Peace garden a place where love may grow

Monday, July 20, 1998

BY CLIFF RADEL
The Cincinnati Enquirer

With doubts on my mind, I walked to Lytle Park to see where the city is going to plant a peace garden. Flowers and shrubs will grow in memory of Arvie Jenkins and other victims of senseless violence. As I passed the downtown park's towering bronze sculpture of Lincoln on Friday afternoon, I could not shake the feeling that this garden was not such a hot idea.

But then I met Arvie Flowers. He told me how much he hurts. His words made me have a change of heart.

Arvie is Arvie Jenkins' father.

For an hour, we stood and talked in the hot sun by the park's bed of perennials. The symbolism was not lost on Arvie Flowers. An avid gardener, he noticed we were standing over flowers that bloom year after year. But we were talking about a life cut short.

Warmed by a muggy breeze, I told Arvie Flowers my thoughts: This peace garden smacked of political grandstanding. With some flowers and a plaque and a few nice words during Thursday's dedication, the city is going to try to cover its collective butt. Cincinnati wants to come out looking good after a festive occasion got out of hand a year ago today.

In the early morning hours of July 20, 1997, Arvie Jenkins lost his life while trying to come to a friend's aid. He was gunned down during the after-concert gridlock and all-night street party that gripped downtown Cincinnati after last year's edition of the Coors Light Festival.

Arvie Flowers heard me out. He is a tall, lean man, well-muscled from working in the flower gardens he tends at his Bond Hill home. "I have to work out there," he said as his shoe pawed the dry brown earth where a memorial bench will sit in the peace garden. "A garden is where things grow and germinate. That's where there is hope for the future, where there is life. Since this horrible thing happened to my son, a garden is the only place where I can find peace."

Arvie dug the toe of his shoe into another spot in the plot of soft earth.

"They're going to put a big stone here," he said. "It will have a bronze plaque with Arvie's name on it. People will also be able to read the date of his birth and the date of his . . . ."

Arvie Flowers could not go on. The word "death" wouldn't come out.

The stone's plaque will bear this inscription:

Peace garden dedicated July 23, 1998. For Arvie Jenkins (November 20, 1975 -- July 20, 1997) and other youths whose lives ended as a result of violence. This peace garden lives on in their memory.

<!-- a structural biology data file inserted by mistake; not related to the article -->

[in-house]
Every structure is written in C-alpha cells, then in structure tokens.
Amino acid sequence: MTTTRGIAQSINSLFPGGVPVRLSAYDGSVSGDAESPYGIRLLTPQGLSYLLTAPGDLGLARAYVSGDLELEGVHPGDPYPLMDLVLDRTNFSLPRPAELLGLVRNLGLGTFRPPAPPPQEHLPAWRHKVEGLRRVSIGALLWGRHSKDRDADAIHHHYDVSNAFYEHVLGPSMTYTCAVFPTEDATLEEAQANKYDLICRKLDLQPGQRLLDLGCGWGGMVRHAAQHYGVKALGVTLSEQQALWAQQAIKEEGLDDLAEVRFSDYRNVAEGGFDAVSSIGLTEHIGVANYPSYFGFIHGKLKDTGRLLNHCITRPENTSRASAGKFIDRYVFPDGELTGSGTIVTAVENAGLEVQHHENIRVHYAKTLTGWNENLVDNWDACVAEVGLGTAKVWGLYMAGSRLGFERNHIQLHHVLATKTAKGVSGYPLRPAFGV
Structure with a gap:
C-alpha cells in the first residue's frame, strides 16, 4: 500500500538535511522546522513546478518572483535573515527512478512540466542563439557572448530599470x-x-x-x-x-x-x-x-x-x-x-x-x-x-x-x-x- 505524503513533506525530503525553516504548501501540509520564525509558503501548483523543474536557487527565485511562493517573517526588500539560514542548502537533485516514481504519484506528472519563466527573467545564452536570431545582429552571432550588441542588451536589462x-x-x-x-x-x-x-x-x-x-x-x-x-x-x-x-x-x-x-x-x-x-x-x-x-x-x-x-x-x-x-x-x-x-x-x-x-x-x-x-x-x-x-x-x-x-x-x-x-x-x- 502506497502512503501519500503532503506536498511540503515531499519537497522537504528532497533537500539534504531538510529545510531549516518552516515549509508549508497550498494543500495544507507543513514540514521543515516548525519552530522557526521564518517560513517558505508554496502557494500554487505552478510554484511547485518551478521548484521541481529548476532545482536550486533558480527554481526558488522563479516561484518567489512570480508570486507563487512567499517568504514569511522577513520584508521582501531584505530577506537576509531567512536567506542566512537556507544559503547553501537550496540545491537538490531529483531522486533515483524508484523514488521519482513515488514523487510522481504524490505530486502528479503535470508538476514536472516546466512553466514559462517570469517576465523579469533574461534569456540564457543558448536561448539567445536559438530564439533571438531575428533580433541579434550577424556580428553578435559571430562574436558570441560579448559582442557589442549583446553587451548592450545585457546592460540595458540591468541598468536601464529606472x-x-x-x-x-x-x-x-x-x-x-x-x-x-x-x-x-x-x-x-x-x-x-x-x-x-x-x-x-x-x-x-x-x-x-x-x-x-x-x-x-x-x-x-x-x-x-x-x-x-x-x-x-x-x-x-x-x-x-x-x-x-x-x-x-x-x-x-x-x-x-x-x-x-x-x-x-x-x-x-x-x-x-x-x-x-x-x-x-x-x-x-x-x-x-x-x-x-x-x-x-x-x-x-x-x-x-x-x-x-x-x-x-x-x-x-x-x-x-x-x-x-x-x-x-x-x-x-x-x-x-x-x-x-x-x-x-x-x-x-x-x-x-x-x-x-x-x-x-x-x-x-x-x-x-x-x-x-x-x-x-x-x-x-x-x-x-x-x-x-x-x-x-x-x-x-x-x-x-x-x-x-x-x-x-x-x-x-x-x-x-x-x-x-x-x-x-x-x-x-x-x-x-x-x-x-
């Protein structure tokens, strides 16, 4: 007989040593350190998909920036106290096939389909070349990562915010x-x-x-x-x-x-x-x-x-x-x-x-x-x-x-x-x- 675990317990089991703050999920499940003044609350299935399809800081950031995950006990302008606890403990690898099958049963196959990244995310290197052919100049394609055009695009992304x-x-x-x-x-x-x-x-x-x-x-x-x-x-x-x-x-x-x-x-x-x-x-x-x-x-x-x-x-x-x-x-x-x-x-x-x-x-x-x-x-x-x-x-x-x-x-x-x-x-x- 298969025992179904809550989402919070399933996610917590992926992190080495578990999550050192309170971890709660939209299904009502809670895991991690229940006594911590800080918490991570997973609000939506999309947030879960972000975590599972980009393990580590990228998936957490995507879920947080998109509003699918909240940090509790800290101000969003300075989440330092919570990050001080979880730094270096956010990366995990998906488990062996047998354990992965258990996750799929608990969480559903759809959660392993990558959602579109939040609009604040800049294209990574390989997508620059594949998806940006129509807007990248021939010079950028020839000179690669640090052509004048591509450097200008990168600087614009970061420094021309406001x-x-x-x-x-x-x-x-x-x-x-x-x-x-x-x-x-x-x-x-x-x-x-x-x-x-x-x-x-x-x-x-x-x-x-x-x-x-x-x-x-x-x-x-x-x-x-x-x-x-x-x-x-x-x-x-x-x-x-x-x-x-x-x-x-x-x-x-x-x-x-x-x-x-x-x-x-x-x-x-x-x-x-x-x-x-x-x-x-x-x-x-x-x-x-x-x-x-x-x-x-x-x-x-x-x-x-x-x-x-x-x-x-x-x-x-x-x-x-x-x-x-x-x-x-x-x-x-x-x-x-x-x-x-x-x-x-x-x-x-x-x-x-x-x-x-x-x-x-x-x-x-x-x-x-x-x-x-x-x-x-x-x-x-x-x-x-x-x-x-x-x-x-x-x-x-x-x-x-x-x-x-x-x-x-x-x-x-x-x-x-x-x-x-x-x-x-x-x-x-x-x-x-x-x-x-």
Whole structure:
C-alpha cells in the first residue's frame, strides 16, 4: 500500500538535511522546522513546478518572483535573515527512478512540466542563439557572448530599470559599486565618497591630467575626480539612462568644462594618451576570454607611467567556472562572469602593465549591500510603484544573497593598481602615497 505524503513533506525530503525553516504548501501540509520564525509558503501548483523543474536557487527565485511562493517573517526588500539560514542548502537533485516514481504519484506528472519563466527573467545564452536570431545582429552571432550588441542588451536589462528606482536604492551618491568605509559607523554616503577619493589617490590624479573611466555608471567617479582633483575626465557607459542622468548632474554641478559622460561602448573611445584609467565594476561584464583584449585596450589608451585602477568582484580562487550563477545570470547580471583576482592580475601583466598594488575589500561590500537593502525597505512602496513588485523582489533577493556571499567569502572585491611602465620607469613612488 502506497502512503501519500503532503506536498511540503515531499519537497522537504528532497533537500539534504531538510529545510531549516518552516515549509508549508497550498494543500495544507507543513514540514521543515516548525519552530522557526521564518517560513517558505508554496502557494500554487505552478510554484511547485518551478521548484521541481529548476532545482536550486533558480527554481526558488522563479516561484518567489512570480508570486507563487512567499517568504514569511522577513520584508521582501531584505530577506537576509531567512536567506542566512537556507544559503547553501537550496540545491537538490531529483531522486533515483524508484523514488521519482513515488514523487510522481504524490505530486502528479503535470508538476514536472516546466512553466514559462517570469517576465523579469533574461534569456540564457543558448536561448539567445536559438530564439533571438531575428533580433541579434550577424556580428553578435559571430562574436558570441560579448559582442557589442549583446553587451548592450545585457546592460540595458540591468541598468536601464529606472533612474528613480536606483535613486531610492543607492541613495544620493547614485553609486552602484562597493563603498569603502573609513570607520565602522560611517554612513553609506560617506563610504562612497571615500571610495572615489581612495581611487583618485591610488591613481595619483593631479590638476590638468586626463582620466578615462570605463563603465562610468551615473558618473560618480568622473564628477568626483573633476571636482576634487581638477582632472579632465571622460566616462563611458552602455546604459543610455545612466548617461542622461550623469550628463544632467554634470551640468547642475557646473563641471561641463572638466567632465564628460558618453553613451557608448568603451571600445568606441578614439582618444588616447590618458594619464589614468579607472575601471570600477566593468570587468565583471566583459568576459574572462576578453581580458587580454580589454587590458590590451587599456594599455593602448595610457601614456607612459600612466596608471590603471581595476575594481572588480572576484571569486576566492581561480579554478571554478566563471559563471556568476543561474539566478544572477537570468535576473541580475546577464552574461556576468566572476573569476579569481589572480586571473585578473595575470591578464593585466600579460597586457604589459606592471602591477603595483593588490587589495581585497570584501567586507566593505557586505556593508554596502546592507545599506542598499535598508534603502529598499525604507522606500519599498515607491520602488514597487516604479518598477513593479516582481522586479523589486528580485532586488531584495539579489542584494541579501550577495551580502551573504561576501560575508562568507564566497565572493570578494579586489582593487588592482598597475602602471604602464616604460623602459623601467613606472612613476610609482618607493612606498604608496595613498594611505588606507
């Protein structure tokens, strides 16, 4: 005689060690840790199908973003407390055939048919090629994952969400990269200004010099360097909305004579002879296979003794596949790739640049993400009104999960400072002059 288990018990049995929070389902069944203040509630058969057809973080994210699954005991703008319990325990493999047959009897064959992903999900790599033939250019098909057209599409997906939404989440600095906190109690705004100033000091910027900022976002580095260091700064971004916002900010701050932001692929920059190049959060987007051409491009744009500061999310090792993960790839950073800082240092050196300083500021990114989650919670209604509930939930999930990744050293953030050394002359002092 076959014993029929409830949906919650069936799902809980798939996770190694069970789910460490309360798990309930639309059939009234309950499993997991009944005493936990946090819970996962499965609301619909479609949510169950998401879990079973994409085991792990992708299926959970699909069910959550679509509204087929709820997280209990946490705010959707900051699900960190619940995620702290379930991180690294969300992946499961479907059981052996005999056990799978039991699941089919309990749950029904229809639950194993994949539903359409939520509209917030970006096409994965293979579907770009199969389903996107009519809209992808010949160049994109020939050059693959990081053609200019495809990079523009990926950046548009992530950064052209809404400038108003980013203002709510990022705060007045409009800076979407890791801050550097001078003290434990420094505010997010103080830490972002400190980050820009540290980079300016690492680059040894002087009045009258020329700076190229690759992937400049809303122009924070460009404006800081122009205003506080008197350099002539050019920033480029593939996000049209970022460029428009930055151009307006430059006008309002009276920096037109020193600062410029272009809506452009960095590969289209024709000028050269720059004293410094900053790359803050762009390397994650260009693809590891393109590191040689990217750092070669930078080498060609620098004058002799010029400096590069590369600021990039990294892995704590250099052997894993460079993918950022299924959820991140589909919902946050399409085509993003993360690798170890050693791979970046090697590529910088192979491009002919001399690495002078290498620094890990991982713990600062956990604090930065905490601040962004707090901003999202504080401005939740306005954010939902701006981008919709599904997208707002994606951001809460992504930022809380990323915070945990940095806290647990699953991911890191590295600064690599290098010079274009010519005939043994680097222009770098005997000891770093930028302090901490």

Struggling to regain his voice, Arvie Flowers turned his back on the flower bed. Gazing into the cloudless sky, his eyes saw the massive shoulders of the bronze Lincoln.

"Look at the stature of that statue!" he remarked. Arvie wondered out loud what Lincoln would think of the need for a peace garden. "He would say the garden reminded him of the state of the union, the fighting between the North and the South. Just like the Civil War, so many have died so senselessly. Why do we have to do this to each other? Why can't we sit down and talk? Why isn't there peace in the garden?"

Still looking in Lincoln's direction, Arvie drifted back to thoughts of his son. He remembered how he would drop by the house when Arvie was an infant. "It was in the middle of the day, when I was between calls."

Arvie was a social worker then. Now his paychecks come from selling cable TV subscriptions.

"I'd stop by to pick him up and look him in the face. Then, I'd give him a kiss and be on my way."

Arvie Flowers stopped talking. Tears streaked his cheeks. Hearing his words and seeing this man cry in the middle of a park on a perfect summer afternoon was enough for me. Arvie Flowers had made his case for a peace garden.

By memorializing his son and other victims, this could be a powerful patch of flowers. If it prevents even one person from committing a deadly act that makes a loving father cry, then this peace garden has produced a priceless crop.

Columnist Cliff Radel can be reached at 768-8379; fax 768-8340.

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